The UK's largest pump storage at Dinorwic is great for very short term peaks, eg when folk brew up in the commercials during Coronation Street.  But it is way short of the capacity to balance supply and demand for a purely renewable grid.  I'm not sure of your point re rainfall?  This is different to hydro power which needs big drops, as in Scotland and particularly in Norway

> Tidal can plug gaps when the wind doesn't blow and sun is weak. 

As a sea kayaker and sea cliff climber I've very aware of the inconvenience in times of tidal cycles

> Communal power plants that supply both hot water and electricity are way more efficient in urban areas. Leave ground/air/water sourced heat pumps to housing where the pipe run from urban communal power plants make it inefficient. 

This is something I'm paid to do a lot of work on (I'm working today)  Refuse fuelled district heating schemes are effective, but of course nobody likes to live near an "incinerator".  Combined heat and power (CHP) plants are very efficient when serving relatively constant industrial heat loads.  They are generally much less efficient for seasonal space heating loads

> There are no shortage of options to replace gas . 

Well actually there is.  Unless you include nuclear

I'm not being negative; I'm passionate about reducing CO2 emissions, I do it for a living and indeed working today.  But woolly thinking and vague unresearched aspirations help nobody - they give a false tokenistic sense of optimism which is actually a barrier to getting things done.  A good example is Labour's plan to have all new homes carbon neutral within 2 years.  I optimistically think this could actually be achieved in  5 years with a lot of work.

Post edited at 17:14
Eric9Points 03 Nov 2019
In reply to neilh:

> in my mind it’s typical of the uk . We expect other countries to supply us with the stuff we need and for them to take the environmental impact and consequences. 

Well yes, but not for free of course.

We spend about £6 billion a year on imported gas.

summo 03 Nov 2019
In reply to kevin stephens:

> Carbon capture has yet to be implemented on any full scale power station

I was talking aspirational, not present.

> This is something I'm paid to do a lot of work on (I'm working today)  Refuse fuelled district heating schemes are effective, but of course nobody likes to live near an "incinerator".  Combined heat and power (CHP) plants are very efficient when serving relatively constant industrial heat loads.  They are generally much less efficient for seasonal space heating loads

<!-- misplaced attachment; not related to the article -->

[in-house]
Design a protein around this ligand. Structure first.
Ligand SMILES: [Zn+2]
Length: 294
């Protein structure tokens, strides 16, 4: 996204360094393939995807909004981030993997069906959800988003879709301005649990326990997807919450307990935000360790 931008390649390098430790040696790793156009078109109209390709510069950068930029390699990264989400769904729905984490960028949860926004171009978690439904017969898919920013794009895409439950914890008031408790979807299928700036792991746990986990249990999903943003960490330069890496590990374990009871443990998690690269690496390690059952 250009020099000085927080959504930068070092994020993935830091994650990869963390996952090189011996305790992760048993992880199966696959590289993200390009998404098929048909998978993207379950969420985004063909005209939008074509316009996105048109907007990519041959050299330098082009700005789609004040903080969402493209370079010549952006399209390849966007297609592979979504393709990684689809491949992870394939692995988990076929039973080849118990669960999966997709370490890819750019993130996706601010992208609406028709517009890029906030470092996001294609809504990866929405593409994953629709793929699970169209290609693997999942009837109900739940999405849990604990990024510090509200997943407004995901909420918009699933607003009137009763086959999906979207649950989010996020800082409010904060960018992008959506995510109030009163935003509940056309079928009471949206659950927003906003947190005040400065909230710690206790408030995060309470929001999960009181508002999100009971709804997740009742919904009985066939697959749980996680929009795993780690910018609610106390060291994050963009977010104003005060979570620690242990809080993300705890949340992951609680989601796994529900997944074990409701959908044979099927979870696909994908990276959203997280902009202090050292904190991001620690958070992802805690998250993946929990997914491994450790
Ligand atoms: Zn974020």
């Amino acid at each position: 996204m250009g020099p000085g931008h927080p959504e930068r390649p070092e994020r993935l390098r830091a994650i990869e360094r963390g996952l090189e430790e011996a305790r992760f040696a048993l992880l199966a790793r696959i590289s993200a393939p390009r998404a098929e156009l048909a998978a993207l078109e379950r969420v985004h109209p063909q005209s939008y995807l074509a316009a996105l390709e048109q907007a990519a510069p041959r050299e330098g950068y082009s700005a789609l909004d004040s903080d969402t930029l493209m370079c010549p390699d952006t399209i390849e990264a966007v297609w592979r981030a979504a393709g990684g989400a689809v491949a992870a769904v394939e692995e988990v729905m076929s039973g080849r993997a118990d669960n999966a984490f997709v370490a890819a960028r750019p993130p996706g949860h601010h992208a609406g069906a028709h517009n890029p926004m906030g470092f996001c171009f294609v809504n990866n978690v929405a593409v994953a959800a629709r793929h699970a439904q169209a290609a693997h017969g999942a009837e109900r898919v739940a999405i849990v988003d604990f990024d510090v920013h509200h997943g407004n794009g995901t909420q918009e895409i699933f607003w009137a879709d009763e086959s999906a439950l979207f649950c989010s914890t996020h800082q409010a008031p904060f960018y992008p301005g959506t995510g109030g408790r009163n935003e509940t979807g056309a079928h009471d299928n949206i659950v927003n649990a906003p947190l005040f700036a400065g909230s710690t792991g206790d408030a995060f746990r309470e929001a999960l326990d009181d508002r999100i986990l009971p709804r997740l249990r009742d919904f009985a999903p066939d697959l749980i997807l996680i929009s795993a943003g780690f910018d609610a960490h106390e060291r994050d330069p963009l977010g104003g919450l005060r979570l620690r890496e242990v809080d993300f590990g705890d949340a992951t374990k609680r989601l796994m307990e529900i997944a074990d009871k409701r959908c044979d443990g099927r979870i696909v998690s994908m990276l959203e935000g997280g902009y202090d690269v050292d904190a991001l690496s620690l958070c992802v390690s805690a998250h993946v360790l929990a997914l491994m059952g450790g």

Just about every single town in sweden has some form of communal heating system, literally hundreds of thousands of houses kept warm through real winters. 

> .  But woolly thinking and vague unresearched aspirations help nobody - 

No, the problem is the UK has been programmed to thinking heating homes revolves around visible radiators feed with 50-60 degree water from their own personal boiler. Plenty places in the world have never thought this way or have left it behind. 

Granted half the UK problem are the dire home insulation standards. 

Eric9Points 03 Nov 2019
In reply to kevin stephens:

> I'm not being negative; I'm passionate about reducing CO2 emissions, I do it for a living and indeed working today.  But woolly thinking and vague unresearched aspirations help nobody - they give a false tokenistic sense of optimism which is actually a barrier to getting things done.  A good example is Labour's plan to have all new homes carbon neutral within 2 years.  I optimistically think this could actually be achieved in  5 years with a lot of work.

Why do you think it would take 5 years? As I understand they will implement new house building standards which compel builders to build carbon neutral houses. Giving two years warning sounds like enough time for the building industry to gear up for the changes?

kevin stephens 03 Nov 2019
In reply to summo:

> I was talking aspirational, not present.

> Just about every single town in sweden has some form of communal heating system, literally hundreds of thousands of houses kept warm through real winters. 

Yes, mostly fired by timber.  Sweden has the benefit of vast forests (I've recently done a road trip from S to N Sweden) with low density population so the timber can be replanted sustainably.  This would not be feasible in the UK

> No, the problem is the UK has been programmed to thinking heating homes revolves around visible radiators feed with 50-60 degree water from their own personal boiler. Plenty places in the world have never thought this way or have left it behind. 

You are right in that for a heat pump to work you need low temperature heating, typically under floor.  This is not practicable as a retrofit but perfectly feasible and sensible in a new home.

The UK's electrical distribution system already has limited capacity, indeed losses due to cables getting warm increase significantly in winter with the existing electrical space heating loads.  In order to convert new and existing homes to electric heating would need a substantial increase in electrical generation and distribution capacity